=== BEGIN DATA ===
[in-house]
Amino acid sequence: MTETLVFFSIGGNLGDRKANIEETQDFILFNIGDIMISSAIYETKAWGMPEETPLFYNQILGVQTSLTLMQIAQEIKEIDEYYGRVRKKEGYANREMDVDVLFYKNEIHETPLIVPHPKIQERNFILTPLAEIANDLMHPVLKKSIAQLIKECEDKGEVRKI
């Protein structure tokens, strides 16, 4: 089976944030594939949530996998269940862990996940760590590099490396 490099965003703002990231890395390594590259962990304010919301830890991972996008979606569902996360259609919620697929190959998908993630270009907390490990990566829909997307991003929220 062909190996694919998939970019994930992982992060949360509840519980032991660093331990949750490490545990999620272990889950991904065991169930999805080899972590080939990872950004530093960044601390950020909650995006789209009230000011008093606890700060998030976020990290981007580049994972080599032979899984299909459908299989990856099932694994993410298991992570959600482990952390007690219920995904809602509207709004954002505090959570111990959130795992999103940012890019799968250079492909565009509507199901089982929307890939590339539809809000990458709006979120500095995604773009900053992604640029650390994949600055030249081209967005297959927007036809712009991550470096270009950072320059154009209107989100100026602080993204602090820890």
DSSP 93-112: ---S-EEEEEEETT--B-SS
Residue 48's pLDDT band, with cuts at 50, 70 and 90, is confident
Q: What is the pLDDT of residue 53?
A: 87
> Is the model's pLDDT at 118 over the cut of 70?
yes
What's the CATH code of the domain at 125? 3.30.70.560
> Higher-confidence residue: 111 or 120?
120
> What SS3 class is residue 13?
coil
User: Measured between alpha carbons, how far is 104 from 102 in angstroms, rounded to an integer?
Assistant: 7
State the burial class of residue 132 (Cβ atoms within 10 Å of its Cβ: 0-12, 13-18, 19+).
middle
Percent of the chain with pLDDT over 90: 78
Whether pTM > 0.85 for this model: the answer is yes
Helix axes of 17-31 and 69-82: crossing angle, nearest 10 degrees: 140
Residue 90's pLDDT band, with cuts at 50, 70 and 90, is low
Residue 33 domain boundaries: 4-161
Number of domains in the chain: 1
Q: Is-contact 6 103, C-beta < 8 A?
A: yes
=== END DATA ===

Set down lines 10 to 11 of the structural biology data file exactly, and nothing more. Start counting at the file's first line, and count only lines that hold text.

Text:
What's the CATH code of the domain at 125? 3.30.70.560
> Higher-confidence residue: 111 or 120?